It came up with a ‘follow the white rabbit’ mode, whereby the film would play, and from time to time a white rabbit icon would appear on the screen. If you then pressed the requisite button on your remote control, you’d be taken to a behind the scenes exploration of the moment in question. It amounted to around 20 minutes of extra material, and the feature was front and centre of Warner Bros’ promotion of the home release.

For whilst The Matrix was also going to be released on VHS, it was the disc that the studio and those behind the new DVD format wanted to push. As well as the white rabbit feature, Warner Bros included DVD-ROM features (remember those?), multi-angle viewing, and links to this equally relatively new fangled world wide web thing. A confluence of technologies, that the extra features of The Matrix tapped into. “The DVD of the millennium”, went the promotional line.

Furthermore, The Matrix was also part of a teaser trailer that was provided on VHS tapes. Here’s that trailer, which also includes the specific push for The Matrix in its second half…

The whole package was a raging success. Appreciating that the PlayStation 2 was around the corner too and would bring DVD hardware into the homes of many who didn’t have it, The Matrix ahead of that nonetheless proved to be the perfect disc at the perfect time. Even film fans who didn’t have the format were aware of it on the whole, courtesy of the blanket marketing. In America alone, the film became the first DVD to sell a million copies, and just four years later, its sales had reached 30 million.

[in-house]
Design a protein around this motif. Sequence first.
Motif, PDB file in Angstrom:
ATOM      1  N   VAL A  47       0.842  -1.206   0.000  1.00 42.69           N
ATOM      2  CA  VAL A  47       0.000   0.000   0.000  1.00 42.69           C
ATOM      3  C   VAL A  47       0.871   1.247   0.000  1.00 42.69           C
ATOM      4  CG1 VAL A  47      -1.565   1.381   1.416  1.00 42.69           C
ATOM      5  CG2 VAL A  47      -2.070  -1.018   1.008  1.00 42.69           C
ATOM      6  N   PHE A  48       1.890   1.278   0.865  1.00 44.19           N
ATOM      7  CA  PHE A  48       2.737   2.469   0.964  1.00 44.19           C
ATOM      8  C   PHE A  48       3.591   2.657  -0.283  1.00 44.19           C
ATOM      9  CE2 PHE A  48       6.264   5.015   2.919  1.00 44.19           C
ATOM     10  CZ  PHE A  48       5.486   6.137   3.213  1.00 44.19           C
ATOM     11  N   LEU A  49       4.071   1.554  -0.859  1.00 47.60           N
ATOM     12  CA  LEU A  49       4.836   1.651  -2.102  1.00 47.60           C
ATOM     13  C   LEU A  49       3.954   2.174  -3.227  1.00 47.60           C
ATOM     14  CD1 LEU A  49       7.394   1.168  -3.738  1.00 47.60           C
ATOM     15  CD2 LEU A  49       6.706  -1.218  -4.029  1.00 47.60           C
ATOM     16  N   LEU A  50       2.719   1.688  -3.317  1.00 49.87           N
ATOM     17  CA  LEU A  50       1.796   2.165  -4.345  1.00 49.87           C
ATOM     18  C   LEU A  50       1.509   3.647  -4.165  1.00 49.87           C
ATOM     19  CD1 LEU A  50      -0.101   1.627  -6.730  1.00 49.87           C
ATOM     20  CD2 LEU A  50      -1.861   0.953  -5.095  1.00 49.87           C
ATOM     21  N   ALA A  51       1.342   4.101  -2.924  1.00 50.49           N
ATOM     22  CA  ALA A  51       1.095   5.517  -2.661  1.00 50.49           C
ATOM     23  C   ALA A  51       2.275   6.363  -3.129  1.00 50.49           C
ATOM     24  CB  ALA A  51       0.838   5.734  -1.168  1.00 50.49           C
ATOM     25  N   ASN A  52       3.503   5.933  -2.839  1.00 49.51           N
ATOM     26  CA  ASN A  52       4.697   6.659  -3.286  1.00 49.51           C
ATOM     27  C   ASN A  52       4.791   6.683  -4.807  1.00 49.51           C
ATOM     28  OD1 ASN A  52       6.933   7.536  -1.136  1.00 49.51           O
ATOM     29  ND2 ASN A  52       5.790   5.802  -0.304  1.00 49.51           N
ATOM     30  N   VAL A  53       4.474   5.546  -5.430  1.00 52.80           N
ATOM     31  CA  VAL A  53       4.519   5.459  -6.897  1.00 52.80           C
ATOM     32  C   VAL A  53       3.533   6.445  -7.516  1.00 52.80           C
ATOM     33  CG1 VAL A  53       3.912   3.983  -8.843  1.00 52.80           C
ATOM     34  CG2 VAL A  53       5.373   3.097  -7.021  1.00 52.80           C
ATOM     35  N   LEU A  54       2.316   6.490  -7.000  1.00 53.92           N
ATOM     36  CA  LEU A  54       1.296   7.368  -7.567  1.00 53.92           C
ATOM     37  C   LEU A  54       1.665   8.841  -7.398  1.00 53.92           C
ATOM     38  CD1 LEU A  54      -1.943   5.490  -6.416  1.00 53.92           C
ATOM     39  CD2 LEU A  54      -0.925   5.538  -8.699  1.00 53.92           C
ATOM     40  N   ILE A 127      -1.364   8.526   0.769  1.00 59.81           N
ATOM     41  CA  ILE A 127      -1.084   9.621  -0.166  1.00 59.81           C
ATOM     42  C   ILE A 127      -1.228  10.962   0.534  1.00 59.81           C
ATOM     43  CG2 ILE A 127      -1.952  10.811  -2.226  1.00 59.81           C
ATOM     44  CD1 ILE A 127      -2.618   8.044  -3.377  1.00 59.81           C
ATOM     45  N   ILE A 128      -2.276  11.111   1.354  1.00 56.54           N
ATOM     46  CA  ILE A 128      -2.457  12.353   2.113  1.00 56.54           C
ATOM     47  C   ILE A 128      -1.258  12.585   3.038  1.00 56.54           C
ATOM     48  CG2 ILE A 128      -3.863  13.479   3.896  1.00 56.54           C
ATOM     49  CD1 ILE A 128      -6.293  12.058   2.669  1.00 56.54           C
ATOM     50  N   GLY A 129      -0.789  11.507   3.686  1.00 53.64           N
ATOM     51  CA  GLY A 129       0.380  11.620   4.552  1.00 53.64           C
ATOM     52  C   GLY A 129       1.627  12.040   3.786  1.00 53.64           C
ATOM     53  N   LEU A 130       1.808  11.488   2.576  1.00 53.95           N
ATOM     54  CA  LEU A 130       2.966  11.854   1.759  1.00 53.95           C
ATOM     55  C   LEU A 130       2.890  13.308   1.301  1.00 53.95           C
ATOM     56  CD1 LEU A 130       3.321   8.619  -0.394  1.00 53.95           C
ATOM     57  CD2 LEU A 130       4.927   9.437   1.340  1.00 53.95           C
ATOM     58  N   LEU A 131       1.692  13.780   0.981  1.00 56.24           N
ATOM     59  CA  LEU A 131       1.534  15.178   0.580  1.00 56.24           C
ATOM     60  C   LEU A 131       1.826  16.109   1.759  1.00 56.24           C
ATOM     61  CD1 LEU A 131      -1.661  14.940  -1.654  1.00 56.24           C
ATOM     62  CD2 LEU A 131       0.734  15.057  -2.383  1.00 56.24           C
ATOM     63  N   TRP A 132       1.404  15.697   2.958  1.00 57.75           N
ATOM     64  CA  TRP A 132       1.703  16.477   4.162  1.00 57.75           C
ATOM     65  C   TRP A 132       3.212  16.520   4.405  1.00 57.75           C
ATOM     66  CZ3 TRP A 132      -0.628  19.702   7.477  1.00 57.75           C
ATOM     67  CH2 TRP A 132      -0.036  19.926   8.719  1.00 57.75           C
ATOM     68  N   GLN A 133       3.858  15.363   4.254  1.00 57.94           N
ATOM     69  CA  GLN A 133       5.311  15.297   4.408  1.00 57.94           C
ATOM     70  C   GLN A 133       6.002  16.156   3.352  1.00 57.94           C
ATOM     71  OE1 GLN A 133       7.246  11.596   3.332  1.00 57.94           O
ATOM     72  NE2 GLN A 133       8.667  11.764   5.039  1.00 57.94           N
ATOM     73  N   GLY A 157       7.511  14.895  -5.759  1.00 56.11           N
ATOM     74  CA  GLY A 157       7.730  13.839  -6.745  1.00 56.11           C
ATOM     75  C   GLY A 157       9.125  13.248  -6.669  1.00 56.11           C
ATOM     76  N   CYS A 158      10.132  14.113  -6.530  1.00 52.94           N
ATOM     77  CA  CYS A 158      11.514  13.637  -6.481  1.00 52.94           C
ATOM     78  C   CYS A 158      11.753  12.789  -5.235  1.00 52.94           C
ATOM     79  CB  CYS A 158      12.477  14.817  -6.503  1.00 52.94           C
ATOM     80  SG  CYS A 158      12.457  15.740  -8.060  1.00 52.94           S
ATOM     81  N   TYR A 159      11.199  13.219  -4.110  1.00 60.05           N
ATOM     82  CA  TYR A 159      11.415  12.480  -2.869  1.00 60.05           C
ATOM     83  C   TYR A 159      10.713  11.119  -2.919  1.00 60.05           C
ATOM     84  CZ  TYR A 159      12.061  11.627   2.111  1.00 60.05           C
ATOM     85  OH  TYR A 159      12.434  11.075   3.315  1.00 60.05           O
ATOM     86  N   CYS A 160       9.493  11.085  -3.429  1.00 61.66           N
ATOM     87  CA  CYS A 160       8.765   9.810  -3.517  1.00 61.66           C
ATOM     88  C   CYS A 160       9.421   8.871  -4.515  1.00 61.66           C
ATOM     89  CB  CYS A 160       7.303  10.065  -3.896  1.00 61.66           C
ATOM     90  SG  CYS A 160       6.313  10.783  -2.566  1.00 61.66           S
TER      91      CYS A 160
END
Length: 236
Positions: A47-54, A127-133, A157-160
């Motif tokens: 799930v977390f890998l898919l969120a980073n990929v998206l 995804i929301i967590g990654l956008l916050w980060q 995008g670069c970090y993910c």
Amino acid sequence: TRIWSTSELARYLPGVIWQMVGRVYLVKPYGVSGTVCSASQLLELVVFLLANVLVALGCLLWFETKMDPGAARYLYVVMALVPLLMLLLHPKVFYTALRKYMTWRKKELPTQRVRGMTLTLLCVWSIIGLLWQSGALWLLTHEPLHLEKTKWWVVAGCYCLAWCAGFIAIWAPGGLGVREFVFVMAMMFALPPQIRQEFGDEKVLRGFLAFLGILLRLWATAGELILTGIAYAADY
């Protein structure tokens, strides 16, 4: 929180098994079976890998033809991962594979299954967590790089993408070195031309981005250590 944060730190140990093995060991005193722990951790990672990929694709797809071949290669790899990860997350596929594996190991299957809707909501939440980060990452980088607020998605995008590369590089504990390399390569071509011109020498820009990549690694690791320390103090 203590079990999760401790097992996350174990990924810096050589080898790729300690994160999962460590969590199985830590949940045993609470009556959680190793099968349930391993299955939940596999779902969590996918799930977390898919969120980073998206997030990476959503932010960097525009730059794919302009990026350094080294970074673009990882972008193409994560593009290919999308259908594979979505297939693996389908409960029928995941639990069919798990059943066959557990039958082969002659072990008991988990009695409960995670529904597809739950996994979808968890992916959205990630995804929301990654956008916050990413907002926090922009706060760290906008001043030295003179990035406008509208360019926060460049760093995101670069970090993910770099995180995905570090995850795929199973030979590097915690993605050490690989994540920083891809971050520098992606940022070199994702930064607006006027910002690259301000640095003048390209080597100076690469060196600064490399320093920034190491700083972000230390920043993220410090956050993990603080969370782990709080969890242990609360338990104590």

The DVD format took off alongside it (with the aforementioned PS2 giving it extra fuel from March 2000). 4.05m discs were sold in the UK alone in 1999, the majority of them in the last quarter of the year when The Matrix was released. The following year, sales quadrupled, and in December 2000 alone, 4.71m DVDs were sold. Oddly, this all happened whilst VHS sales grew by 7% too. The entire home entertainment industry was benefiting.

Over 20 years later, DVD is still the best-selling home entertainment physical format too. Blu-ray has never come close to toppling it, in spite of snaring a decent market share. But then Blu-ray was always going to be a tougher sell. Persuading people to upgrade from tape to disc was a much easier job than trying to convince people to go from disc to another disc. The Ultra HD 4K Blu-ray format has had a similar problem, even though that’s edging towards being the premium enthusiasts’ format of choice.

Blu-ray, too, lacked a ‘killer app’. The closest it came, I’d argue, was the James Bond adventure Casino Royale, that at one stage Sony was offering free (via mail-in) to buyers of its PlayStation 3 console. Even so, it was never going to have quite the impact of The Matrix on DVD, and thus didn’t.

The Matrix remains one of the most pivotal home entertainment releases of all time, and it’s hard to think – giving the move towards streaming – that we’ll ever see a home release quite like it again. It remains the 14th biggest selling of all time on the DVD format (Finding Nemo is the ultimate best-seller), but also arguably the disc that prompted more interest in the format than any others. Its killer app.

That’s something even the upcoming The Matrix 4 won’t be able to top…